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Aerosol Spray Cans – A Growing Viable Packaging Container Segment

Posted on 8/5/2013 10:34:09 AM By Jeff Timm
  

When one thinks of packaging materials usually paper, plastic, corrugated, foil, folding cartons, aluminum/steel cans and glass come to mind.  However one subset of aluminum/steel cans --aerosol spray cans -- is still very much a part of the packaging container materials market.  According to The Plain Man’s Guide to Aerosols by Colin Wesley the word “aerosol” refers to:


"An integral ready-to-use package incorporating a valve and a product which is dispensed by pre-stored pressure in a controlled manner when the valve is operated."


 Commonly defined aerosols are simply a gaseous suspension of fine solid or liquid particles.  This includes clouds, haze and fog.  


aerosol can, packaging, packaging aerosol


Source:  The Aerosol Products Division of the Consumer Specialty Products Association 


The first spray patents were issued in Europe and the USA in 1920s and 1930s respectively.  The concept first took off during World War II.  The design was a refillable spray can called the "bug bomb" pressurized by liquefied gas, which gave it propellant qualities. The small, portable can enabled soldiers serving in the Pacific during the war to defend against malaria-carrying   mosquitoes by spraying inside tents and airplanes.


Today aerosol spray cans are most commonly lacquered tinplate (steel with a layer of tin) and may be made of two or three pieces of metal crimped together.  More than 75% of aerosol cans are steel.  Aluminum cans are also common and are generally used for more expensive products. 


The Consumer Specialty Products Association (CSPA) conducts and publishes the Aerosol Pressurized Products Survey annually the most recent being in 2012.  Study results confirm that for the third consecutive year U.S. aerosol product production increased, setting a new record high with more than 3.815 billion total units filled.  The addition of 33 million more units filled, a 0.9% increase over the previous year, contributed to setting a new high mark for aerosol production in the United States.  When Canadian and Mexican production are included the combined North American aerosol product fillings totaled 4.375 billion units in 2012.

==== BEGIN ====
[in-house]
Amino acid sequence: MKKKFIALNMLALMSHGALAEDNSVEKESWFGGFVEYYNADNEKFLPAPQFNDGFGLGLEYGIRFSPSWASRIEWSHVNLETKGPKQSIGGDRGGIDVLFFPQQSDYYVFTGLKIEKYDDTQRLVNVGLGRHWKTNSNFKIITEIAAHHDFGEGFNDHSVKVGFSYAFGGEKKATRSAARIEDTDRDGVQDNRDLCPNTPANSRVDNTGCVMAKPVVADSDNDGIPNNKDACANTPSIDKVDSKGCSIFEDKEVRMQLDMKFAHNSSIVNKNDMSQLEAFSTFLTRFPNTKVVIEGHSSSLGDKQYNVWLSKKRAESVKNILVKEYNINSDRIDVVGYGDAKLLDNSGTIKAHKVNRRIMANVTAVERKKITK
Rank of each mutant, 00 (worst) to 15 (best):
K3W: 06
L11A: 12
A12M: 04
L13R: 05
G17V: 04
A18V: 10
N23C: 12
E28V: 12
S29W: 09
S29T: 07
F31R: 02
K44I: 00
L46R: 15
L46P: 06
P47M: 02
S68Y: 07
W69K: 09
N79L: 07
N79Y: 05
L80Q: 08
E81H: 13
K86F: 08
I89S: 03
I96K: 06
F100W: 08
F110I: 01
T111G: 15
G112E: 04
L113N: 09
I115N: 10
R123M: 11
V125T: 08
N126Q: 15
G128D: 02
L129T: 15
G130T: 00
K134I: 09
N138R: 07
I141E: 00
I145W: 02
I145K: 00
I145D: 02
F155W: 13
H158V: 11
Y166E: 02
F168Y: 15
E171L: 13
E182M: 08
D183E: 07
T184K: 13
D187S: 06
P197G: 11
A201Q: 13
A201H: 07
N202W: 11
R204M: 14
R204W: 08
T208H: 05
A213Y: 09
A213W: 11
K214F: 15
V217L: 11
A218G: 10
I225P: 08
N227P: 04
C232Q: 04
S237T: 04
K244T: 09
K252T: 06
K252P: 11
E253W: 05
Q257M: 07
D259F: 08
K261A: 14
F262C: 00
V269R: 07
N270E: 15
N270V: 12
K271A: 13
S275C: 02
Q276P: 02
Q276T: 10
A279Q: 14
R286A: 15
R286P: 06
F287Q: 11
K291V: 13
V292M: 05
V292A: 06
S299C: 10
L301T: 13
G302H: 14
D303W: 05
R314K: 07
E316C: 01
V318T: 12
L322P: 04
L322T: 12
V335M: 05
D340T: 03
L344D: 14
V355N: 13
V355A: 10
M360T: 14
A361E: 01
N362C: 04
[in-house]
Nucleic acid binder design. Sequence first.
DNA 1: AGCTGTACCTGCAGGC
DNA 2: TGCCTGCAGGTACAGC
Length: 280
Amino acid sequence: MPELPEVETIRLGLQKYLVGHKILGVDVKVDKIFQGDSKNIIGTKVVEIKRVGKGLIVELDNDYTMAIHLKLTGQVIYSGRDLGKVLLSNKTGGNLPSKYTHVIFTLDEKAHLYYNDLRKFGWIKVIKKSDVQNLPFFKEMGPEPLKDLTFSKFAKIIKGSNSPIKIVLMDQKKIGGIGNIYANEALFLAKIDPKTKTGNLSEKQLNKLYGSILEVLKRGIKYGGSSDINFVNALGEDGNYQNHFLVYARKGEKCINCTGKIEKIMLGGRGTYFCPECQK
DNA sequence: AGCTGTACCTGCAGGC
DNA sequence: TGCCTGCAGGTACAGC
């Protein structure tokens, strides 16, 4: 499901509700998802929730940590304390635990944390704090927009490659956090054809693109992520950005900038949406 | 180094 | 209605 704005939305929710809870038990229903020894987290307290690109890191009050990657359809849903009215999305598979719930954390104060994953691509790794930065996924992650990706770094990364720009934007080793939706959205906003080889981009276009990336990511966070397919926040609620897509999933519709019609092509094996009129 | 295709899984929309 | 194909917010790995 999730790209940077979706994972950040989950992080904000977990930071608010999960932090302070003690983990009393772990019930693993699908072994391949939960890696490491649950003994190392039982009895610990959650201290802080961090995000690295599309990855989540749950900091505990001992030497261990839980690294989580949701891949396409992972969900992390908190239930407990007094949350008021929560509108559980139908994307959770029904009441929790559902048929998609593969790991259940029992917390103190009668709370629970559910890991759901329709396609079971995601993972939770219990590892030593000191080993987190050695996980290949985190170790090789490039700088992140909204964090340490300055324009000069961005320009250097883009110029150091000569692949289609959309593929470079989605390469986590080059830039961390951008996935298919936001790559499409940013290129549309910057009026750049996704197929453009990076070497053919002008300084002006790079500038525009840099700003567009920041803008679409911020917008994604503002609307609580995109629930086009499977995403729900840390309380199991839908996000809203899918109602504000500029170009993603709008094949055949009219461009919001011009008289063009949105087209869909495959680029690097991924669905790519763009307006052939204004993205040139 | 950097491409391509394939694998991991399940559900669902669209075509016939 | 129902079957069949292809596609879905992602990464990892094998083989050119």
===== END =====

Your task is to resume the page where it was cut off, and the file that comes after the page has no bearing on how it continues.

CSPA study highlights include:

  • Household products continue to rank as the largest product category – 29% of all products, with a production increase of 2.8% over 2011
  • Animal aerosol products, a small category which includes pesticides and grooming products that are used or sprayed directly on animals, showed the greatest percent gain with a 31% increase in production
  • Automotive, lubricant and industrial products increased for the second straight year, climbing 0.5% from last year
  • Fillings also increased during 2012 for insect sprays, paints and finishes, food products and miscellaneous products
  • Room deodorants and disinfectants (in the household products category) was the largest subcategory reported by fillers
  • Production of personal care products, the second largest product category (25.3%) fell 4.7% from last year


When asked to comment on the state of the aerosol container industry Fred Spohr VP & Secretary of the Southern Aerosol Technical Association said “several news articles and published information indicate domestic aerosol container growth in the USA to be fairly stagnant overall, but segments within the industry are growing double-digit like animal aerosol products.  The North American picture, however, is showing impressive higher than GNP growth year over year when one looks at Canada and Mexico.  Challenges continue to face the industry with California Air Resources Board (CARB) and the California South Coast Air Quality Management District continuing to attempt to tighten regulations, VOC limits, etc.  Opportunities from technical innovations like introduction of new lower global warming potential propellant and advances in barrier packaging technology and usage will insure sustainable growth for the foreseeable future."